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OSHA Identifies 10 Most Cited Safety and Health Violations

By Joseph S. Dreesen
  • February 28, 2017

The Occupational and Safety and Health Administration released a preliminary list of the 10 most frequently cited safety and health violations for 2016, compiled from about 32,000 inspections of workplaces by federal OSHA staff.

Thomas Galassi, director of enforcement programs for OSHA, said “…we urge employers to go beyond the minimal requirements to create a culture of safety at work, which has been shown to reduce costs, raise productivity and improve morale.”

Galassi noted, “One remarkable thing about the list is that it rarely changes. Year after year, our inspectors see thousands of the same on-the-job hazards, any one of which could result in a fatality or severe injury.”

He said that more than 4,500 workers are killed on the job every year and about three million workers are injured, noting, “If all employers simply corrected the top 10 hazards, we are confident the number of deaths, amputations and hospitalizations would drastically decline.”

The top 10 for 2016 are:

  1. Fall protection: OSHA said falls are among the leading causes of worker deaths, particularly in construction. Fall protection measures, as well as ladder and scaffold safety protections, could prevent injuries and deaths. OSHA noted that it has a campaign currently in place to educate employers and workers about these measures. “Employers must take these issues seriously,” the agency said.
  2. Hazard communication.
  3. Scaffolds: Implementing safety protections related to scaffold work could reduce injuries and deaths.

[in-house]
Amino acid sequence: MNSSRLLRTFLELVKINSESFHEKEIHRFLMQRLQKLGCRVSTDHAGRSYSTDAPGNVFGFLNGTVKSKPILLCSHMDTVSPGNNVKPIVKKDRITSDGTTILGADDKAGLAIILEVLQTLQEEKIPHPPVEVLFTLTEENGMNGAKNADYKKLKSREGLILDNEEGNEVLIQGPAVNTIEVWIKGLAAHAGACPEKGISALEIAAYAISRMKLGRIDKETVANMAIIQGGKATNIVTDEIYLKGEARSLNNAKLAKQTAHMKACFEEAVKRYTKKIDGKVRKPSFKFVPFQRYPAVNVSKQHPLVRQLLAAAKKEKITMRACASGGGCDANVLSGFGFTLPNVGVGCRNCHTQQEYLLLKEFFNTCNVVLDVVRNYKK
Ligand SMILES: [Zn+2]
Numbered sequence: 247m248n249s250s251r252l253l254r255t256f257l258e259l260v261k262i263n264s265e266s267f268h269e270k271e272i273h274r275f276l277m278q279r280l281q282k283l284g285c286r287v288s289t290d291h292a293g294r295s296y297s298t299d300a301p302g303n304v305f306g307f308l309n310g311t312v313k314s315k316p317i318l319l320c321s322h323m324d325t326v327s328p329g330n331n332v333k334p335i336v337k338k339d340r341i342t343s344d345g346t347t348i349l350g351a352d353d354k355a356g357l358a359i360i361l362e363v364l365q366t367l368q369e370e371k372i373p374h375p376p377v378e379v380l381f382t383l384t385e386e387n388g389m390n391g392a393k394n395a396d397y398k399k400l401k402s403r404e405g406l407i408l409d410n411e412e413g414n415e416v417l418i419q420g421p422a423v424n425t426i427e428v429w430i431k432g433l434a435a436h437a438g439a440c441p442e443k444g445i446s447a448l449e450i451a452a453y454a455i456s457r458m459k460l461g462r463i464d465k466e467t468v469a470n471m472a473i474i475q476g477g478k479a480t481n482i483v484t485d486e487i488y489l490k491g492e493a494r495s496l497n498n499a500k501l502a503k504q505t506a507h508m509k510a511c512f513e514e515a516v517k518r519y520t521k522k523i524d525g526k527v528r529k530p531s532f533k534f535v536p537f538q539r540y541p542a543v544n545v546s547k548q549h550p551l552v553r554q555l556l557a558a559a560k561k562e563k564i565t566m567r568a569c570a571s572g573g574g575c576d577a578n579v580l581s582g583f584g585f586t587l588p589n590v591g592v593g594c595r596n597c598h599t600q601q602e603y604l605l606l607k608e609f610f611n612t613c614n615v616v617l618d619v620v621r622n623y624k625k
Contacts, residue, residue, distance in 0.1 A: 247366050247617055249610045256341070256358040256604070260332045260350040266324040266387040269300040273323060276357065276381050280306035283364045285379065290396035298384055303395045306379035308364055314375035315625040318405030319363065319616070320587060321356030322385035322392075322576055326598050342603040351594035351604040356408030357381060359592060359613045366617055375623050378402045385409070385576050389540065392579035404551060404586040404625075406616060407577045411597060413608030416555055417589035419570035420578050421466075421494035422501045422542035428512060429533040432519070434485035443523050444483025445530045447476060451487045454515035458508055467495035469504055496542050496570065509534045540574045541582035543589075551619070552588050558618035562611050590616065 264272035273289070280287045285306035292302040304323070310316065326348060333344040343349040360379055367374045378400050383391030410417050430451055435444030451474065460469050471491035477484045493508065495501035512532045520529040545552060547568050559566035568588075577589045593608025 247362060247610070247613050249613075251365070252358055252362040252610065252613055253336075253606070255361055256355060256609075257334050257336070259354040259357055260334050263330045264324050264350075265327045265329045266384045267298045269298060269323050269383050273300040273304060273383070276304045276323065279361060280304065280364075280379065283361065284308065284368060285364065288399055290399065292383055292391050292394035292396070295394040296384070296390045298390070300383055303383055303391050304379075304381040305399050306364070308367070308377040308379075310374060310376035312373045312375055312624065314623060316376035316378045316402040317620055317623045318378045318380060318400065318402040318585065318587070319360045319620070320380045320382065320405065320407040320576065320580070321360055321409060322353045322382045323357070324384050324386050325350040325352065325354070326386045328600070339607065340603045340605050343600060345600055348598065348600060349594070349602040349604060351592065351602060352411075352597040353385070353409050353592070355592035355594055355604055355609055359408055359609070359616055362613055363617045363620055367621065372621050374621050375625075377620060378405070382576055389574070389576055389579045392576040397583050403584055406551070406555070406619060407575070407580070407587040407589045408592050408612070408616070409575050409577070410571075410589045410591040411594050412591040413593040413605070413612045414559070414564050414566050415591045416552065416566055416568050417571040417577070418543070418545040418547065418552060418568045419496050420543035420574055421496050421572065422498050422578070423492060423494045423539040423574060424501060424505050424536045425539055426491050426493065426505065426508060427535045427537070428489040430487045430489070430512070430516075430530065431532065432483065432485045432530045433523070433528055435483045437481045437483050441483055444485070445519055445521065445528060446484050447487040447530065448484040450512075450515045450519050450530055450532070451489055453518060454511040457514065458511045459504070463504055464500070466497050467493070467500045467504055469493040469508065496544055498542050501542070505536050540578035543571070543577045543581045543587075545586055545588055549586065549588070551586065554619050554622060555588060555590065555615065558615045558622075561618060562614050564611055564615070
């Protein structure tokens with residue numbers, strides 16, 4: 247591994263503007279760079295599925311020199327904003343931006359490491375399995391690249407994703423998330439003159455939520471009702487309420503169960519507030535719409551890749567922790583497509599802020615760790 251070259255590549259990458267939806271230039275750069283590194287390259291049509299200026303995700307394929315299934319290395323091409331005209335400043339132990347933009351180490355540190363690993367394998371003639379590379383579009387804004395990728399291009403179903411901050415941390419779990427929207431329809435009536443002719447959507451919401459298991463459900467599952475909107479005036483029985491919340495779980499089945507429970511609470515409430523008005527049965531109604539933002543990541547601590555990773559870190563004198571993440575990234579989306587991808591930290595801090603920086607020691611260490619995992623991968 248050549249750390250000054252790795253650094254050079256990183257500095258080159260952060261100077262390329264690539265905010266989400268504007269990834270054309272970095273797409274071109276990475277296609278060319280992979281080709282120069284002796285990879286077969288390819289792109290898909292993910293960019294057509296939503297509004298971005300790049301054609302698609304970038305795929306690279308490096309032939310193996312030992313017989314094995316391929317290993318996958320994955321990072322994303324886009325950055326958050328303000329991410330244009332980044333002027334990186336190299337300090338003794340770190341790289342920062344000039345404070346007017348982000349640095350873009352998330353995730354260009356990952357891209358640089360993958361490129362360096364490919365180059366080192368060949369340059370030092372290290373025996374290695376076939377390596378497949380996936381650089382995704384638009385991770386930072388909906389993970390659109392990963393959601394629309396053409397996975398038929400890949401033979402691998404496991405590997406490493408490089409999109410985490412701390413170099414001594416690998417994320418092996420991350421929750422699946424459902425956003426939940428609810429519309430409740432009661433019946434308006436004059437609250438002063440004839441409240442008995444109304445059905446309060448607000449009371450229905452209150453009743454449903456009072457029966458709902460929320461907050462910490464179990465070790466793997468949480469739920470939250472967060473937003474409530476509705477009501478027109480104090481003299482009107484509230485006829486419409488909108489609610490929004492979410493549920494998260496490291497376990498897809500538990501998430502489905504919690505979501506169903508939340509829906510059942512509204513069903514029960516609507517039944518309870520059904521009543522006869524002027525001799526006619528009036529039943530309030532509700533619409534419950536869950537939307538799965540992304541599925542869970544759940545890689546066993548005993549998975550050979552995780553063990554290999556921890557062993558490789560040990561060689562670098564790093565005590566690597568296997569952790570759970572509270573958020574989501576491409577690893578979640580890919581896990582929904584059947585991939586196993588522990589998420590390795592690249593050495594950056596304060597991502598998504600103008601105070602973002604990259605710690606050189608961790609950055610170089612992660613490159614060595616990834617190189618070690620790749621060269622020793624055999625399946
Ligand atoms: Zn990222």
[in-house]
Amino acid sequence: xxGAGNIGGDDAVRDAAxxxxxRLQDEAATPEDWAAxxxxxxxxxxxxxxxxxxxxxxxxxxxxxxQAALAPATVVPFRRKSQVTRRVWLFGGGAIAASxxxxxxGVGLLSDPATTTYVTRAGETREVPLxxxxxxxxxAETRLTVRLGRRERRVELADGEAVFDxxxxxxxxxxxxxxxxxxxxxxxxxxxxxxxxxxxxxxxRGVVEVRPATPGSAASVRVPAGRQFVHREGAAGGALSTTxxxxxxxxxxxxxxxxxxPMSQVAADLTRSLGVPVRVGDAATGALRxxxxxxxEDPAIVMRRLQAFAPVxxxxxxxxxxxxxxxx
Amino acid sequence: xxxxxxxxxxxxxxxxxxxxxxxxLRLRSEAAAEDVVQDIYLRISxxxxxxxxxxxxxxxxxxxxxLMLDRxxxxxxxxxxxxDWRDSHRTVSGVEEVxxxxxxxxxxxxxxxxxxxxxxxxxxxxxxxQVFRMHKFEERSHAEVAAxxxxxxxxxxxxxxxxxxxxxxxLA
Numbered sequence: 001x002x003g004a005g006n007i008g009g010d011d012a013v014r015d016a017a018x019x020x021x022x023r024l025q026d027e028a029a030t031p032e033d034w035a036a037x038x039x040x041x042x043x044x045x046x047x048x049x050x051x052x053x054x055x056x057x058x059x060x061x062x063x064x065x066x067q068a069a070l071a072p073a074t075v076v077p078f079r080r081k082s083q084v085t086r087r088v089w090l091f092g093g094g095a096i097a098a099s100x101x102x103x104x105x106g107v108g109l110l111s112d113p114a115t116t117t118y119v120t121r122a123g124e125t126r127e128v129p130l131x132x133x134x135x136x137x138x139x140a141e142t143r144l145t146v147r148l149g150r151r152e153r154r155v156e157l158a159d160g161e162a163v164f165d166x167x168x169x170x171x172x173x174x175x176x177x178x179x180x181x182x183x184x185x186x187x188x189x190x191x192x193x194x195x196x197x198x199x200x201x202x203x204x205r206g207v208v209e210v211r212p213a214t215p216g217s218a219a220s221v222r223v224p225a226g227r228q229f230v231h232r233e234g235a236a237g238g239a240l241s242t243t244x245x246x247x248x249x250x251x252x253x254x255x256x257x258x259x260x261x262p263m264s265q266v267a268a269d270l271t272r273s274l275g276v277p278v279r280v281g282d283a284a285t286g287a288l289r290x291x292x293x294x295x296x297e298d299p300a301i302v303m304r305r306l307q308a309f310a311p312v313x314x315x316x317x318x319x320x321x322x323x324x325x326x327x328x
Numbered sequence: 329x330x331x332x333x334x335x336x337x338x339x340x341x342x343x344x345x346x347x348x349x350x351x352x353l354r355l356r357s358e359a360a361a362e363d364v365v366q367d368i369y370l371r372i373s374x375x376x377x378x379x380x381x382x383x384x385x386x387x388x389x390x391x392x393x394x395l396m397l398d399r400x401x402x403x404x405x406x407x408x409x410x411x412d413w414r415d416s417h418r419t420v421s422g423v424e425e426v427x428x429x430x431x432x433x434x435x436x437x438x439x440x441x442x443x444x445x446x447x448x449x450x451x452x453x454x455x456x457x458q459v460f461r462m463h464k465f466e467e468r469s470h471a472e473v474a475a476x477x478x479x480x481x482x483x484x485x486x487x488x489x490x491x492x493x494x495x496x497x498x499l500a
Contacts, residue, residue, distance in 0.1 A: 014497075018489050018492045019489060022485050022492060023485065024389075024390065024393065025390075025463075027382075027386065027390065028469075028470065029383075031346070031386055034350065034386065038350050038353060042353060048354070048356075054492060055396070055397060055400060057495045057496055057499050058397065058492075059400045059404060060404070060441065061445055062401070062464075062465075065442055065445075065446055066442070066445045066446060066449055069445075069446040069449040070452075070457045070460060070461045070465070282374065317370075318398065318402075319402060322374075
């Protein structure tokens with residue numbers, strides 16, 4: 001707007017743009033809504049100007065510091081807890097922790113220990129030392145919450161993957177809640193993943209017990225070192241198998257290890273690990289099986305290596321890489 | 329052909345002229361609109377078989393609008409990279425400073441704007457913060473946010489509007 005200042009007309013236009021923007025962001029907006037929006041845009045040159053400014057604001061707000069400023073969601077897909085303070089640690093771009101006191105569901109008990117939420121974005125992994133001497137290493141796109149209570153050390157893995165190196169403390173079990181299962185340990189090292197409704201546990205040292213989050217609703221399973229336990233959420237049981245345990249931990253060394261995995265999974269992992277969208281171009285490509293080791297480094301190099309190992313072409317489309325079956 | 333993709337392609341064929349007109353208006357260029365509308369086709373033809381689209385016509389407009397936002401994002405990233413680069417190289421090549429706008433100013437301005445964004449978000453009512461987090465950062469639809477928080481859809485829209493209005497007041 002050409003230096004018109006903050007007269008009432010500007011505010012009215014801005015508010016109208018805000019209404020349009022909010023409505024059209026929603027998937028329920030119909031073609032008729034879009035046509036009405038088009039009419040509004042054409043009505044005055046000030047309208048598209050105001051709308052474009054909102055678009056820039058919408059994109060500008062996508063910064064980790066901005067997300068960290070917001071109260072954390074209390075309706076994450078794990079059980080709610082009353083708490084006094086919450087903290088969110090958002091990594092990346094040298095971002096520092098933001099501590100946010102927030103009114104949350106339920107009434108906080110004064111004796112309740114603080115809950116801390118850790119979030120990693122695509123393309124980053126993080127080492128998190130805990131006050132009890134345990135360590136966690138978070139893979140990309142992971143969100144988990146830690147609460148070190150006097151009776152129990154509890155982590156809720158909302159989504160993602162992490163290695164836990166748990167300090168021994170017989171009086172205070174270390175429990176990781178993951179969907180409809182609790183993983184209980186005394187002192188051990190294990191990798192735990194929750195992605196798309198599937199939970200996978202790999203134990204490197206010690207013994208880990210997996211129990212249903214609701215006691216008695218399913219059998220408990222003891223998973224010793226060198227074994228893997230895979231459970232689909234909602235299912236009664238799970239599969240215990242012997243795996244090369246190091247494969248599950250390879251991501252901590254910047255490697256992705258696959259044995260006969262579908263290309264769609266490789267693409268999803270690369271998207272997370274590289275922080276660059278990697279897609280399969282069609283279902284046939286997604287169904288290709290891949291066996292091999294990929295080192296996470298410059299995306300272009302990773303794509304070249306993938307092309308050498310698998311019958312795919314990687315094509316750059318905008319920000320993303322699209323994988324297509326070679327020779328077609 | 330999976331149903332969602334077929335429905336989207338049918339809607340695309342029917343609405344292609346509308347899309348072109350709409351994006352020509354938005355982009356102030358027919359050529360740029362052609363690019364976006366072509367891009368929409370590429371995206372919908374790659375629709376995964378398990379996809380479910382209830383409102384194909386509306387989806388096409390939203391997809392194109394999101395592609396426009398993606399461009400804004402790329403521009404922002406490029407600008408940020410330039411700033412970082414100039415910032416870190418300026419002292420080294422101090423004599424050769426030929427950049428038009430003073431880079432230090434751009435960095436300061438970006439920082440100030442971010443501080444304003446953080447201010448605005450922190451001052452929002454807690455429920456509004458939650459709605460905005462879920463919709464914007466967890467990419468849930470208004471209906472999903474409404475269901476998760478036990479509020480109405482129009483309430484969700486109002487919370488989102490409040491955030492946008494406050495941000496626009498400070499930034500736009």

4. Respiratory protection: OSHA said respiratory protection is essential for preventing long term and sometimes fatal health problems associated with breathing in asbestos, silica or a host of other toxic substances. OSHA noted, “But we can see from our list of violations that not nearly enough employers are providing this needed protection and training.”
  5. Lockout/tagout: According to OSHA, “We also see far too many workers killed or gruesomely injured,” from lockout/tagout and machine guarding violations, when machinery starts up suddenly while being repaired, or hands and fingers are exposed to moving parts. It said proper lockout/tagout procedures make certain that machines are powered off and cannot be turned on while someone is working on them. It said installing guards to keep hands, feet and other appendages away from moving machinery prevents amputations and worse.
  6. Powered industrial trucks: OSHA said that a high number of fatalities related to forklifts, and a high number of violations related to powered industrial truck safety, indicate that many workers are not being properly trained to safely drive these kinds of potentially hazardous equipment.
  7. Ladders.
  8. Machine guarding.
  9. Electrical wiring.
  10. Electrical, general requirements.

OSHA has established a safety and health program for workplaces, and it offers free and confidential services through its On-site Consultation Program.

Jackson Lewis attorneys can assist employers in making their workplaces safer.

©2017 Jackson Lewis P.C. This Update is provided for informational purposes only. It is not intended as legal advice nor does it create an attorney/client relationship between Jackson Lewis and any readers or recipients. Readers should consult counsel of their own choosing to discuss how these matters relate to their individual circumstances. Reproduction in whole or in part is prohibited without the express written consent of Jackson Lewis.

This Update may be considered attorney advertising in some states. Furthermore, prior results do not guarantee a similar outcome.

Jackson Lewis P.C. represents management exclusively in workplace law and related litigation. Our attorneys are available to assist employers in their compliance efforts and to represent employers in matters before state and federal courts and administrative agencies. For more information, please contact the attorney(s) listed or the Jackson Lewis attorney with whom you regularly work.

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